When two people register as civil partners of each other, they form a civil partnership that is a new legal relationship established by this Bill to give the civil partners legal recognition of their life together as a couple. It is the civil partnership that is a new legal relationship between the people. I respectfully suggest that the noble Lord should not confuse the new relationship of civil partnership with any pre-existing personal relationship between a couple, although a loving and committed personal relationship would be the very reason that a couple might decide to form a civil partnership in the first place. The new legal relationship of civil partnership begins only when two people register as civil partners of each other.

The noble Lord wishes to describe civil partnership as a contract. However, civil partnership is not governed by the law of contract and there is no room for individual variation of the statutory rules governing eligibility, or governing formation or dissolution of a civil partnership, nor of those setting out its consequences.

The change of status from single person to civil partner affects a couple's relationship with each other. After the formation of their civil partnership they would have an entirely new legal relationship with each other. Forming a civil partnership also affects their status; in other words, their position as an individual in relation to everyone else. Each would now be a civil partner. This change of status is permanent in that on the ending of a civil partnership, civil partners do not revert to being single people. They
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will be marked by having been in a civil partnership in that they will be former civil partners or a surviving civil partner. Civil partnership is a new statutory relationship that provides same-sex couples with legal recognition of their life together as a couple.

It is very important for us to understand that what same-sex couples seek is an acknowledgement that their relationship is real, has legal significance and carries rights and responsibilities. It is not a commercial contract; it is something very different. With that explanation, I ask the noble Lord to withdraw the amendment. Nothing that I have just said contradicts what I said in support of the earlier amendment.

Lord Higgins: My Lords, your Lordships will reach their own conclusions. We have much expertise in this House but, so far as I know, we do not have a professor of logic, which is what we need in the context of what the noble Baroness has just said.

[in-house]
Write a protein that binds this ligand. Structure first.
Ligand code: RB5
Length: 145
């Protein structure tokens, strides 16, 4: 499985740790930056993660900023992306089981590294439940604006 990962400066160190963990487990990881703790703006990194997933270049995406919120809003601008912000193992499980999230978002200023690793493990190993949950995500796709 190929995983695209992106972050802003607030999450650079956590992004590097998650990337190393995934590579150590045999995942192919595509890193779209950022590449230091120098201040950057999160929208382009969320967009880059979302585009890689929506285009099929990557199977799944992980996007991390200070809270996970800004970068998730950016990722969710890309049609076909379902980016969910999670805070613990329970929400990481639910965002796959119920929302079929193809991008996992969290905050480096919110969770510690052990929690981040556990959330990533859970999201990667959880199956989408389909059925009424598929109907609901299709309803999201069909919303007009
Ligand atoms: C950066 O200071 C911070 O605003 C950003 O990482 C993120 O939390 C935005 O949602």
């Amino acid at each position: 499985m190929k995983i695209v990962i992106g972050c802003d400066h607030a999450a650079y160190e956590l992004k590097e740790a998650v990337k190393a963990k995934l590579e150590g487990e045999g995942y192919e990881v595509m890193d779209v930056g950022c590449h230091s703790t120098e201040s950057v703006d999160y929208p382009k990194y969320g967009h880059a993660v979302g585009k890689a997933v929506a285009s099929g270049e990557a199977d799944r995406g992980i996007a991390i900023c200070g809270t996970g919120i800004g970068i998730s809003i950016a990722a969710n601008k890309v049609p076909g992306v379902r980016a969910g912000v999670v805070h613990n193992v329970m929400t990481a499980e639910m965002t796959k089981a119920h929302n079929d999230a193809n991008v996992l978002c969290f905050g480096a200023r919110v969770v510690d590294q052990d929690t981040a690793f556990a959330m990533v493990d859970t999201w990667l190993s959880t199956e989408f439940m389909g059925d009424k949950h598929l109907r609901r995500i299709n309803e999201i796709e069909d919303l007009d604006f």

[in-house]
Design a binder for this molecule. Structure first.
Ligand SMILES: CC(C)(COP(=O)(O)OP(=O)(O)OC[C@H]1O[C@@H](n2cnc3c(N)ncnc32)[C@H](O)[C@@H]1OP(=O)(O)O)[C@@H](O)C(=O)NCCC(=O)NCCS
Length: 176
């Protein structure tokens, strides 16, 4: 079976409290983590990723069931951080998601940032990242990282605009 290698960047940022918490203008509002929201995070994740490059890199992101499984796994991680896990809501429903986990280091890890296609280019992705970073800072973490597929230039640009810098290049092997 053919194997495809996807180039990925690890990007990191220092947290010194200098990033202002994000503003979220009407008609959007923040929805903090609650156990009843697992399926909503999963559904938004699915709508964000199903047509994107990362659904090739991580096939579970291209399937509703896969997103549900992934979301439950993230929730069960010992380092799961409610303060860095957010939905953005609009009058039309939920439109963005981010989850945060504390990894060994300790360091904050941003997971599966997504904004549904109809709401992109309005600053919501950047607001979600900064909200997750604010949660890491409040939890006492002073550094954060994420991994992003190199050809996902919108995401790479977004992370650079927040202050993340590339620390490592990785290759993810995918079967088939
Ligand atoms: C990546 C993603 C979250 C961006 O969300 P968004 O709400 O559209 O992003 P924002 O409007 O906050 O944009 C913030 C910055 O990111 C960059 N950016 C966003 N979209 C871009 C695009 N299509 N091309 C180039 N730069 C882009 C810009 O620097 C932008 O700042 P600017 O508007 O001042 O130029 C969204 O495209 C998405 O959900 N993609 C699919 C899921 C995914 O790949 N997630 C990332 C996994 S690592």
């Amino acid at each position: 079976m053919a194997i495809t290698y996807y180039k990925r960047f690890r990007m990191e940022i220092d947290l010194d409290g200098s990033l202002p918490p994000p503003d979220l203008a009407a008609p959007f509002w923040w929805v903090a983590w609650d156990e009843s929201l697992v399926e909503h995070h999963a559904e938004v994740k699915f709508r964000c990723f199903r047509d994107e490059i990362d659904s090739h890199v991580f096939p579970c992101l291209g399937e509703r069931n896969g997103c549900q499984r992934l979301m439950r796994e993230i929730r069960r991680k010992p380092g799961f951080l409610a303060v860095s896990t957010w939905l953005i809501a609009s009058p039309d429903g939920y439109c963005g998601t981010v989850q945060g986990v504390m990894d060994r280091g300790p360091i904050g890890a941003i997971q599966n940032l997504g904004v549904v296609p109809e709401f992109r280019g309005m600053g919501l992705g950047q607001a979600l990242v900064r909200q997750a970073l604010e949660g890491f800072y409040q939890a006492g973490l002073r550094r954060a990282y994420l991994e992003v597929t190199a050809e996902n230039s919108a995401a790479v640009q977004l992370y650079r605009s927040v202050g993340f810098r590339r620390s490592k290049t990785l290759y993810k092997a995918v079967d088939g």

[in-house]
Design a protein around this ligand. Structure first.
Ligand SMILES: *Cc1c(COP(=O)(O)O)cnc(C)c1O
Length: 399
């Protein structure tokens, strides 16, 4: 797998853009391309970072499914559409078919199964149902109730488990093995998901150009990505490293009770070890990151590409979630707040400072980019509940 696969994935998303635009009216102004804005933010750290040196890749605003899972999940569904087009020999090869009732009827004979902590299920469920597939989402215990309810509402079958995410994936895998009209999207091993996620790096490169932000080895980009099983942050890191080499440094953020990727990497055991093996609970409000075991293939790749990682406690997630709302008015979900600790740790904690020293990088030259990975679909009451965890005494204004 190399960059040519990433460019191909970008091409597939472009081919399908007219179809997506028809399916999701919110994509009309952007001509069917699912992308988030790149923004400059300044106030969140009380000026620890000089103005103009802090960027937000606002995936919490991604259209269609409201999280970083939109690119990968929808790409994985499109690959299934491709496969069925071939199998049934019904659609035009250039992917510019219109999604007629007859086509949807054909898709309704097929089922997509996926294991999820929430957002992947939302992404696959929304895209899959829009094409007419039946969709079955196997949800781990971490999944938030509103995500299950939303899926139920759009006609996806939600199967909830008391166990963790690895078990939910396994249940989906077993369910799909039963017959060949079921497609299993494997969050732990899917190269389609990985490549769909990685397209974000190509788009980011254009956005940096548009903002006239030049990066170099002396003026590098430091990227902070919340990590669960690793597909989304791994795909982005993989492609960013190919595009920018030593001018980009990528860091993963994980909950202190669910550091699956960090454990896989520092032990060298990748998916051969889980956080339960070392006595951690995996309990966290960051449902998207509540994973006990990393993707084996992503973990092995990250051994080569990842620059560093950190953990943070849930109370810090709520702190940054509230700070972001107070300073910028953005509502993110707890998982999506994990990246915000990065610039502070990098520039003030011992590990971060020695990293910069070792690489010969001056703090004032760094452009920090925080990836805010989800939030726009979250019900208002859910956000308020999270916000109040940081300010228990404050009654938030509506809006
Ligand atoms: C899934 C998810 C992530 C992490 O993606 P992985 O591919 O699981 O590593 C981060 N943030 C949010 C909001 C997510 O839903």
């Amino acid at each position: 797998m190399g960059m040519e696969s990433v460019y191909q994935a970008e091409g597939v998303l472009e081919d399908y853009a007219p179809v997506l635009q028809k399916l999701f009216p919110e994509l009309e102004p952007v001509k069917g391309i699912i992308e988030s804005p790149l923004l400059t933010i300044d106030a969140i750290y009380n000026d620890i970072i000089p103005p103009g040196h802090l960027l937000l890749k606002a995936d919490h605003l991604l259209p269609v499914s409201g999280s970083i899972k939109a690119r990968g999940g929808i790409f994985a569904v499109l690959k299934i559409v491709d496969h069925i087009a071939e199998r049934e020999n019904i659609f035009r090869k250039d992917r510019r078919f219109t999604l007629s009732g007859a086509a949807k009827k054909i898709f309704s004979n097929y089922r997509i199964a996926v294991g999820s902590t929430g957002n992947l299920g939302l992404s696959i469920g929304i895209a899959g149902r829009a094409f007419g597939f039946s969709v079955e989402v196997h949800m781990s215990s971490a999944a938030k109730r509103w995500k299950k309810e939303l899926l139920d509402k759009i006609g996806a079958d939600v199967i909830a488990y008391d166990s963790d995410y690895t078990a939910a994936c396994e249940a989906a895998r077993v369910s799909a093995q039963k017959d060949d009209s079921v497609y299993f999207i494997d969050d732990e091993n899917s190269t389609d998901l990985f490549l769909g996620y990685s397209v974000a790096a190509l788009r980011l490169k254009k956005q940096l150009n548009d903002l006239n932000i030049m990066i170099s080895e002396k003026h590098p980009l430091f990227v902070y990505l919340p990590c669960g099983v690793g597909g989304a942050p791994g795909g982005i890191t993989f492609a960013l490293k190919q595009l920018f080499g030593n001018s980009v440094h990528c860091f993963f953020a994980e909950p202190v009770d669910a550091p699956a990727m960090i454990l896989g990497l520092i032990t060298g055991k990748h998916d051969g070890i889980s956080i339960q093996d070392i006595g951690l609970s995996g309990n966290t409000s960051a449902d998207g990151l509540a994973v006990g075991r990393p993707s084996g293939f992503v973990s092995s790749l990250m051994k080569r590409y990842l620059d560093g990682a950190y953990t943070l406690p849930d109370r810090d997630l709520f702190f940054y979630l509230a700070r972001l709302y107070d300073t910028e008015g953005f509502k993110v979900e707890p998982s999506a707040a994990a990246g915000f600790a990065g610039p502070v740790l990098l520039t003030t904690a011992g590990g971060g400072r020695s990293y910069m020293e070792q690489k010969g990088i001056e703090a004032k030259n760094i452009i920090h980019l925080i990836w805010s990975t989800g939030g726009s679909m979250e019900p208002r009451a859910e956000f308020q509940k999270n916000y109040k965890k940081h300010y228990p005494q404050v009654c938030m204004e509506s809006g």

The noble Baroness mentioned legal recognition. However, the word "relationship" does not give that legal recognition—it is the registration that clearly forms a contract. The noble Baroness said that same-sex couples want legal confirmation of their new status. That is surely best put forward as a contract. They may have had a relationship for many years prior to this legislation, but it is not the same thing as confirming that in a legal and registratable form.

The noble Baroness said that she is always sad to turn down an amendment that I propose. That is entirely reciprocated; I am always sad when she is sad that she has turned down an amendment of mine. I shall withdraw the amendment but I am not at all sure that we should not sort this out and return to it at Third Reading. I beg leave to withdraw the amendment.

Amendment, by leave, withdrawn.

Baroness O'Cathain moved Amendment No. 3:

The noble Baroness said: My Lords, in moving Amendment No. 3, I wish to speak also to Amendments Nos. 8, 10, 12, 22, 23, 40, 43, 66, 68, 69 and 70 which stand in my name and those of the right reverend Prelate the Bishop of Winchester and the noble Lords, Lord Weatherill and Lord Maginnis.

I have received many letters from members of the public who share my concern, and, indeed, a great many letters and messages from noble Lords from all parts of the House who support what I seek to achieve.